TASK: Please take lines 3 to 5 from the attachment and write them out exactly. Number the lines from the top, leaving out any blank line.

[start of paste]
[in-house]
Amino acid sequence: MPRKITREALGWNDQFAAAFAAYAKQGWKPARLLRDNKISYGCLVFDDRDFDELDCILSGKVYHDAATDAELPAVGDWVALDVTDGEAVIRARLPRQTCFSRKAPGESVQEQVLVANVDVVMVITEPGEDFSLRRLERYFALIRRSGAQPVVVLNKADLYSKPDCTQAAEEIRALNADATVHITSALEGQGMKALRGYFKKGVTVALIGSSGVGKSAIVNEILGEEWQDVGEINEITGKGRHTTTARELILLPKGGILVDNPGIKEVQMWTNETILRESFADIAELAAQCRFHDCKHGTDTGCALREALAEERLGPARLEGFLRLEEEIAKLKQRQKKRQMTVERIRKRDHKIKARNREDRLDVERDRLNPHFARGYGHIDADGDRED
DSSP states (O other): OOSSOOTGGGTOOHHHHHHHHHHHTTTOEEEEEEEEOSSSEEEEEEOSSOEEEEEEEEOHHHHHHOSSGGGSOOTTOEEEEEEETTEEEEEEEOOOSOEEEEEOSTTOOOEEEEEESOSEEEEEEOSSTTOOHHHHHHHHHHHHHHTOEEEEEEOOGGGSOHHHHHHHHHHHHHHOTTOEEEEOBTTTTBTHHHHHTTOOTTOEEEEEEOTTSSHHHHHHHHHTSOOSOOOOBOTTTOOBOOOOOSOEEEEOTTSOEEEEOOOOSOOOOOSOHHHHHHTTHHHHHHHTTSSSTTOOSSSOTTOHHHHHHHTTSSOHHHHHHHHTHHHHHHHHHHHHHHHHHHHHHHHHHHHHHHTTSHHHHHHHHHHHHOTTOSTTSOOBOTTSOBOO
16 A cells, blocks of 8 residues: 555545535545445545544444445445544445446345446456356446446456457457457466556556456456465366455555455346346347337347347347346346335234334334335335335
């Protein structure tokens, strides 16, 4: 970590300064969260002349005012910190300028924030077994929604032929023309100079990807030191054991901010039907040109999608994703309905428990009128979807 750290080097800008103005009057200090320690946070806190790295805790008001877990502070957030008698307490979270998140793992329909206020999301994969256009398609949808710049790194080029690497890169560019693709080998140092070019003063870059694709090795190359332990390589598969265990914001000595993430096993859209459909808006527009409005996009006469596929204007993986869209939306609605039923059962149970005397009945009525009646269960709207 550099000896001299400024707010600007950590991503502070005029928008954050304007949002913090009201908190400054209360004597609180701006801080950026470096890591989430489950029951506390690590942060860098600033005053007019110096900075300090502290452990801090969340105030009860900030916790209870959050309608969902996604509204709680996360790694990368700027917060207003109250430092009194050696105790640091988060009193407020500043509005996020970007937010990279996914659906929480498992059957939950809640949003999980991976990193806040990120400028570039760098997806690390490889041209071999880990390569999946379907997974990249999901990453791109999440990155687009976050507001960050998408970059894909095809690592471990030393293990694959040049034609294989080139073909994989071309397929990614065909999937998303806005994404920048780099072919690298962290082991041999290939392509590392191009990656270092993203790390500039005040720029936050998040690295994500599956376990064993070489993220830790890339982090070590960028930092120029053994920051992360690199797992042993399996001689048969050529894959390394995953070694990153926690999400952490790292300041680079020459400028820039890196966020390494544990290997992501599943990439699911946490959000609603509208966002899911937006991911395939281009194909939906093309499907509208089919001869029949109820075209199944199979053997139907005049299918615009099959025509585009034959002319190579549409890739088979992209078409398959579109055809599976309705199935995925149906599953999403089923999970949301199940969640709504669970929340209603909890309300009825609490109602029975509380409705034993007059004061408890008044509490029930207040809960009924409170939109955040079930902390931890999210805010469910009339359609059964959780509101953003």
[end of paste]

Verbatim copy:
DSSP states (O other): OOSSOOTGGGTOOHHHHHHHHHHHTTTOEEEEEEEEOSSSEEEEEEOSSOEEEEEEEEOHHHHHHOSSGGGSOOTTOEEEEEEETTEEEEEEEOOOSOEEEEEOSTTOOOEEEEEESOSEEEEEEOSSTTOOHHHHHHHHHHHHHHTOEEEEEEOOGGGSOHHHHHHHHHHHHHHOTTOEEEEOBTTTTBTHHHHHTTOOTTOEEEEEEOTTSSHHHHHHHHHTSOOSOOOOBOTTTOOBOOOOOSOEEEEOTTSOEEEEOOOOSOOOOOSOHHHHHHTTHHHHHHHTTSSSTTOOSSSOTTOHHHHHHHTTSSOHHHHHHHHTHHHHHHHHHHHHHHHHHHHHHHHHHHHHHHTTSHHHHHHHHHHHHOTTOSTTSOOBOTTSOBOO
16 A cells, blocks of 8 residues: 555545535545445545544444445445544445446345446456356446446456457457457466556556456456465366455555455346346347337347347347346346335234334334335335335
């Protein structure tokens, strides 16, 4: 970590300064969260002349005012910190300028924030077994929604032929023309100079990807030191054991901010039907040109999608994703309905428990009128979807 750290080097800008103005009057200090320690946070806190790295805790008001877990502070957030008698307490979270998140793992329909206020999301994969256009398609949808710049790194080029690497890169560019693709080998140092070019003063870059694709090795190359332990390589598969265990914001000595993430096993859209459909808006527009409005996009006469596929204007993986869209939306609605039923059962149970005397009945009525009646269960709207 550099000896001299400024707010600007950590991503502070005029928008954050304007949002913090009201908190400054209360004597609180701006801080950026470096890591989430489950029951506390690590942060860098600033005053007019110096900075300090502290452990801090969340105030009860900030916790209870959050309608969902996604509204709680996360790694990368700027917060207003109250430092009194050696105790640091988060009193407020500043509005996020970007937010990279996914659906929480498992059957939950809640949003999980991976990193806040990120400028570039760098997806690390490889041209071999880990390569999946379907997974990249999901990453791109999440990155687009976050507001960050998408970059894909095809690592471990030393293990694959040049034609294989080139073909994989071309397929990614065909999937998303806005994404920048780099072919690298962290082991041999290939392509590392191009990656270092993203790390500039005040720029936050998040690295994500599956376990064993070489993220830790890339982090070590960028930092120029053994920051992360690199797992042993399996001689048969050529894959390394995953070694990153926690999400952490790292300041680079020459400028820039890196966020390494544990290997992501599943990439699911946490959000609603509208966002899911937006991911395939281009194909939906093309499907509208089919001869029949109820075209199944199979053997139907005049299918615009099959025509585009034959002319190579549409890739088979992209078409398959579109055809599976309705199935995925149906599953999403089923999970949301199940969640709504669970929340209603909890309300009825609490109602029975509380409705034993007059004061408890008044509490029930207040809960009924409170939109955040079930902390931890999210805010469910009339359609059964959780509101953003």